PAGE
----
Impeachment Briefing: The Senate Acquits Trump
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Impeachment Briefing: The Senate Acquits Trump

This is the Times newspaper’s impeachment briefing about the impeachment investigation. Sign up here to get it in your inbox.

  • Mr. Trump was acquitted for the second time in 13 months. Senate Voted 5.-43 In favor of convicting him – not enough to satisfy the required two-thirds majority.

  • Democrats needed 17 Republicans to vote with Mr. Trump to indict him Provoke a rebellion. In the end, he received seven: Senator Richard M. of North Carolina. Burr, Bill Cassidy of Louisiana, Susan Collins of Maine, Lisa Murkowski of Alaska, Mitt Romney of Utah, Ben Sasse of Nebraska and Patrick J. of Pennsylvania. Tome

  • Mr. impeachment managers unexpectedly called witnesses and then abruptly dropped the request, following a deal with Trump’s defense team to file a written statement from Washington representative Jaime Herrera Beutler – a Republican said He was told that Mr. Trump partyed with rioters While they were attacking the Capitol.

  • Shortly after the judgment was pronounced, Mr. Trump sent a statement quoting “witch hunt”, claiming he was being manipulated. He also suggested that Democrats’ attempt to end his political career had failed, telling his supporters, “Make America Great Again, our historic, patriotic and beautiful movement has only just begun.”


Twenty-three Republicans voted to acquit Mr. Trump to incite rebellion against the United States – more than enough to prevent a two-thirds majority sentence. Mr. Trump was found not guilty, a verdict which he immediately observed.

And yet seven Republicans voted to convict him, the most bipartisan impeachment attempt ever made in American history. It is worth remembering that until a year ago, when Mr. Romney voted Republican “guilty” in Mr. Trump’s first impeachment case, no senator voted to convict a president of his party Had given.

A two-thirds majority to convict Mr. Trump, which cleared the way for a simple-majority vote to prevent him from holding a future office, was not always exceptionally likely, and everyone involved would call it already knew. That was the reason – as Peter Baker, the White House correspondent for The Times, Wrote two days ago – Managers of House impeachment often seemed to speak less to the Senate than to history.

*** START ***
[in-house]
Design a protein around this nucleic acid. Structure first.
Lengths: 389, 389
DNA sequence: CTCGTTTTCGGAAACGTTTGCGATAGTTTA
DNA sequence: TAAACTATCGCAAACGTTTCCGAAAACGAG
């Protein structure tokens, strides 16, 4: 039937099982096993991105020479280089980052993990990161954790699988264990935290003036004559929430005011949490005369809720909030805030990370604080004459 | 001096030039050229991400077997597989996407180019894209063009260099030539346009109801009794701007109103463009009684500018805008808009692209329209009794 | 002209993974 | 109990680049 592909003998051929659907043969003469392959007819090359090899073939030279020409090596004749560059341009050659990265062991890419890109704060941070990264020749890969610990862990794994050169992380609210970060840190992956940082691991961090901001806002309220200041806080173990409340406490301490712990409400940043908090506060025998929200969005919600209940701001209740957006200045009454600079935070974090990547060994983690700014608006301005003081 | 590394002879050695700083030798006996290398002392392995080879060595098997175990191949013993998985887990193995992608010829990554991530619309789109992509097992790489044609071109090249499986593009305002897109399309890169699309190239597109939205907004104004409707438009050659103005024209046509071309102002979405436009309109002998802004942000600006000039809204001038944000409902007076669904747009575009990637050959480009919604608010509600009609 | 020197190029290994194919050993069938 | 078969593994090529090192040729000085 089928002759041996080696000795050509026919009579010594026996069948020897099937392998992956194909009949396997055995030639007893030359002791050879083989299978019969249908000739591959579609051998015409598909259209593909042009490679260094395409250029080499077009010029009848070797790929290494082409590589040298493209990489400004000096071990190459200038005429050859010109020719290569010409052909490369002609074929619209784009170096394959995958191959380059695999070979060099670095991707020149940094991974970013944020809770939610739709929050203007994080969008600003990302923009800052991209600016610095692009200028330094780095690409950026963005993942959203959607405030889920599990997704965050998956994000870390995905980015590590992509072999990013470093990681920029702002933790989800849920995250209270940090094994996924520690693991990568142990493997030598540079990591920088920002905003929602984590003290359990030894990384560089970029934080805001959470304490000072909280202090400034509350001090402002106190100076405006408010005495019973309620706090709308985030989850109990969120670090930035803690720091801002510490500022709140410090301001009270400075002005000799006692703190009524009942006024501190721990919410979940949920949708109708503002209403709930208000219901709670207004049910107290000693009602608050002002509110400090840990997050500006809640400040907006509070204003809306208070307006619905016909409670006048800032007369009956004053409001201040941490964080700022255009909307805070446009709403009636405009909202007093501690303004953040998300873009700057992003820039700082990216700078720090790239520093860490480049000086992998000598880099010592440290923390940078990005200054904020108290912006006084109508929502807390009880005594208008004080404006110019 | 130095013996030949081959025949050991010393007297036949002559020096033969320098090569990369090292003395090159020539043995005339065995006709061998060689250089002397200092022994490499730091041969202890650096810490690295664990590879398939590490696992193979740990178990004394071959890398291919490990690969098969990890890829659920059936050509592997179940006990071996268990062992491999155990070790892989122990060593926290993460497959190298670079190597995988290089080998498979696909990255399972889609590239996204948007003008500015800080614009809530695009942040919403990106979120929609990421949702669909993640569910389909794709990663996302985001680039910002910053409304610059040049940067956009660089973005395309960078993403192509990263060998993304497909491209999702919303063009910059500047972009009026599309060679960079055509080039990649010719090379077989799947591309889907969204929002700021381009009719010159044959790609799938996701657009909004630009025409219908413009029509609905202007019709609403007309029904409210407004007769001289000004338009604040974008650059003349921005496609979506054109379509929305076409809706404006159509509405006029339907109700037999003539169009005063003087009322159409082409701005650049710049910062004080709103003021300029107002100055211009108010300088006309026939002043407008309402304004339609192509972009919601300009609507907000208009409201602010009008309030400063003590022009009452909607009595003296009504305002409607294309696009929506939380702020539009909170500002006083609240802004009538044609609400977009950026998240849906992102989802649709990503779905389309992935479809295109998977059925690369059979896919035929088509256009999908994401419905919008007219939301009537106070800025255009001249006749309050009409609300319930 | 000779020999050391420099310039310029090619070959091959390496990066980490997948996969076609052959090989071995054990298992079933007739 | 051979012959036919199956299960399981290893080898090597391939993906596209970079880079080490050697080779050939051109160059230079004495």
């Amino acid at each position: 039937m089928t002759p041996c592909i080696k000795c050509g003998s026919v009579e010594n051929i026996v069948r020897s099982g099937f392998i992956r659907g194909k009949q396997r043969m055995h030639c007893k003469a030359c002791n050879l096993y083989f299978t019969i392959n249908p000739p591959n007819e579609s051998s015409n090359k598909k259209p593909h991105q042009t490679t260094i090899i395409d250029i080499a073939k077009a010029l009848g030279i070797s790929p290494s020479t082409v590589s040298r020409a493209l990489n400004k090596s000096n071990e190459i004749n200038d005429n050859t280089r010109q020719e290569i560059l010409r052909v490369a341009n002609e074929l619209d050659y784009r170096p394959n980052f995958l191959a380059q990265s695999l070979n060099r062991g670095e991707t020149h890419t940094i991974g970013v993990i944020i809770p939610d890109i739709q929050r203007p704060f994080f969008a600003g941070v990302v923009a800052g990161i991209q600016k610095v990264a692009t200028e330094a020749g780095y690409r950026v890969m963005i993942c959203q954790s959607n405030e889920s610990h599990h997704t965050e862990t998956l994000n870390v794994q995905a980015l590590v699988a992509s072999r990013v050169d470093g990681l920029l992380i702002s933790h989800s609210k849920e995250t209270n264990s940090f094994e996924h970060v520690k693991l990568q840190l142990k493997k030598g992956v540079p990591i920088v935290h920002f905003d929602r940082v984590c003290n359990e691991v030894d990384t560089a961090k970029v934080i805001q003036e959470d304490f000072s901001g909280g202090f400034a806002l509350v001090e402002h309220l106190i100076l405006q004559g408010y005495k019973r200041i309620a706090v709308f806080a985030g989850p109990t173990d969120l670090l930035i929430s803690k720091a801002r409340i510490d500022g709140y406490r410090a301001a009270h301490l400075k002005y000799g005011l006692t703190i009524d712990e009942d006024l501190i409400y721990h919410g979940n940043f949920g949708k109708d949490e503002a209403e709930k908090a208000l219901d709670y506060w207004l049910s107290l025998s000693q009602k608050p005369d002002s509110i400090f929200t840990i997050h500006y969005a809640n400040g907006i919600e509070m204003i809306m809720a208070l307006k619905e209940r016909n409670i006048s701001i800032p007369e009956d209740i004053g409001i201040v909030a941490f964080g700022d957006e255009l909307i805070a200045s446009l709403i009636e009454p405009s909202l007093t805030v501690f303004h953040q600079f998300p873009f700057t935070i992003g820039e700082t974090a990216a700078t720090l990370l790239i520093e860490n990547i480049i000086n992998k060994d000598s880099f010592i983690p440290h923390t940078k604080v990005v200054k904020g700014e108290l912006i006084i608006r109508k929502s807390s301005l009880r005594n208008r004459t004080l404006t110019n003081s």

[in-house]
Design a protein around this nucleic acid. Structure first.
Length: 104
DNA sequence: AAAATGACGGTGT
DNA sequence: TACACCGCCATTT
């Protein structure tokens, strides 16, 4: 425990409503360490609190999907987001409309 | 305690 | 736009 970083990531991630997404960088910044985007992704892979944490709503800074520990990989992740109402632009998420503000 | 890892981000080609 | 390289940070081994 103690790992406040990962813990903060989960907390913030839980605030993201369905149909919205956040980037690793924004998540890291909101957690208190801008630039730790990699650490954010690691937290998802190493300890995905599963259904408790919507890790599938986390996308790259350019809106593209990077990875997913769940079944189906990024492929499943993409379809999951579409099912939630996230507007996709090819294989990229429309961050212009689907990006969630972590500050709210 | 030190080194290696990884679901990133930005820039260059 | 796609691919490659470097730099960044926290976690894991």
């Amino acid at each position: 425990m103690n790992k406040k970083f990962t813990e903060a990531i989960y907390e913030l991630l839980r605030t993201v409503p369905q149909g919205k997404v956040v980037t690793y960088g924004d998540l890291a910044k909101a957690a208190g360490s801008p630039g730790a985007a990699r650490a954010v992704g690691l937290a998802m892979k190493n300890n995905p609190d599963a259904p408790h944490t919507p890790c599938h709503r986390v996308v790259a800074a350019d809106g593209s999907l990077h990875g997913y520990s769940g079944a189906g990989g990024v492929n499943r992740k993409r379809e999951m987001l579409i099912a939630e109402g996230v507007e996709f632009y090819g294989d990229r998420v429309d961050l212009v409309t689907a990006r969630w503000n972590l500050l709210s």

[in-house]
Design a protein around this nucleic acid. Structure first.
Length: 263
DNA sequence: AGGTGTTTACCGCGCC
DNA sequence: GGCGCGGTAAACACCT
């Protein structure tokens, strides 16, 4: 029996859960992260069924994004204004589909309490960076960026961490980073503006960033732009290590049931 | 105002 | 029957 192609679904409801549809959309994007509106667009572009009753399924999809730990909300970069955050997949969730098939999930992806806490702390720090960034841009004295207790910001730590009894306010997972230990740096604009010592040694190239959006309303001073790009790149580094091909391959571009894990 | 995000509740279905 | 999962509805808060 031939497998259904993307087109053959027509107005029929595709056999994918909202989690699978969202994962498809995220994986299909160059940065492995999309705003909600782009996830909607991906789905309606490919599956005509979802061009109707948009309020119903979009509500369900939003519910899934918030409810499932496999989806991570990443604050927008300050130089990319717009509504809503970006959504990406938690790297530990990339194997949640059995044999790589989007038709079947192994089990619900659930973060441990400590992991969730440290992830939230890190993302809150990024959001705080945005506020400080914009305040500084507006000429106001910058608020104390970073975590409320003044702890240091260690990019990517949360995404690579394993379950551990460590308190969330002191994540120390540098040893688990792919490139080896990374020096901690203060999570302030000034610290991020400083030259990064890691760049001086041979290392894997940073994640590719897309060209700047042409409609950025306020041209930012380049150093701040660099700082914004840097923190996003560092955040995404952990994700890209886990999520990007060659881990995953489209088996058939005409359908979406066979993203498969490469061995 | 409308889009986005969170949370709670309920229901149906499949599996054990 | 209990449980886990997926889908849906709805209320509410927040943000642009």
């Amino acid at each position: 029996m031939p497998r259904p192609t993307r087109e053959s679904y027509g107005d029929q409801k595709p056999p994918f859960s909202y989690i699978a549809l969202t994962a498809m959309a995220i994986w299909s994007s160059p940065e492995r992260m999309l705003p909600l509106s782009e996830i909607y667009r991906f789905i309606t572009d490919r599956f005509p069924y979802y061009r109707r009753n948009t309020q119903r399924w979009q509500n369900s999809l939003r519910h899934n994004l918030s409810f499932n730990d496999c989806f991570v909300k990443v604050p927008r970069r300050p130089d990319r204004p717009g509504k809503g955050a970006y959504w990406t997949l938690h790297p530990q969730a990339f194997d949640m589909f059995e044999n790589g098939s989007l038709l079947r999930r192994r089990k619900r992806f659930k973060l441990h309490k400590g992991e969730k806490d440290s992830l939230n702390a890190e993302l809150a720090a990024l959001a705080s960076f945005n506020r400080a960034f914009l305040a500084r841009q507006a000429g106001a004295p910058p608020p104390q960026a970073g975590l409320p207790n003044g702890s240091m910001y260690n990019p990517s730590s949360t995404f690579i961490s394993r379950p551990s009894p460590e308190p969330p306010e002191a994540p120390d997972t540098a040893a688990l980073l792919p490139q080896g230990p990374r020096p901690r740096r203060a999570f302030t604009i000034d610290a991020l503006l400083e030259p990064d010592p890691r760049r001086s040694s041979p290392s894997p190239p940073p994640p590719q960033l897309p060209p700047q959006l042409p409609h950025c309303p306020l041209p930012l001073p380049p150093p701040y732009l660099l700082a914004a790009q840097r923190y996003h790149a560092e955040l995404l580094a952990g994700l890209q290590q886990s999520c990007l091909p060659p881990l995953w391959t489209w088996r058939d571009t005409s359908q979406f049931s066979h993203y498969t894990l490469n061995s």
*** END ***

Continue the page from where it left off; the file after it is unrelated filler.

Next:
Representative Madeleine Dean of Pennsylvania, an impeachment manager, stated it unequivocally: “If we do not determine this right and call it the highest of constitutional offenses by the President of the United States, then the past will not be the past.” . The past will become our future. “Senator, we are in conversation with history.”

In speeches and statements after the vote, many Republicans who voted to acquit Mr. Trump still held him responsible for the attack on the Capitol. The minority leader was Senator Mitch McConnell of Kentucky.

“People assumed that there was a storm in this building, they were acting on the wishes and instructions of their president,” Mr. McConnell said, “and this belief was a result of a growing crescendo of misconceptions, conspiracy theories and reckless exaggeration. Was the defeated president who shouted at the largest megaphone on planet Earth. “

Mr McConnell cited the reason for his “not guilty” vote that Mr Trump was no longer in office – even if it was Mr. McConnell, who blocked the Senate from starting the trial While Mr. Trump was in office.

Speaker Nancy Pelosi raised that argument to register an unexpected appearance at the Democratic news conference after voting.

“It is so pathetic that Senator McConnell kept the Senate closed, so that the Senate could not receive the impeachment article and used it as an excuse not to vote to convict Donald Trump,” she said.

Still, it was striking that the leader of the Senate Republican incited Mr. Trump to use language that could be tried on the part of House managers to convict him – something he hadn’t done the last time. Mr Trump was impeached.

“A mob was attacking him in the Capitol in his name. These criminals were carrying their banners, hanging their flags and shouting their allegiance, ”Mr. McConnell said. “There is no question, no one, that President Trump is practically and morally responsible for instigating the events of the day.”

Ultimately, it can also be a verdict of history.


  • The Justice Department has not planned to focus on Trump in investigating the riots, but the evidence could clarify – and possibly cause more harm – Picture of his role in the attack.


Impeachment briefing is also available as a newspaper. Sign up here to get it in your inbox.



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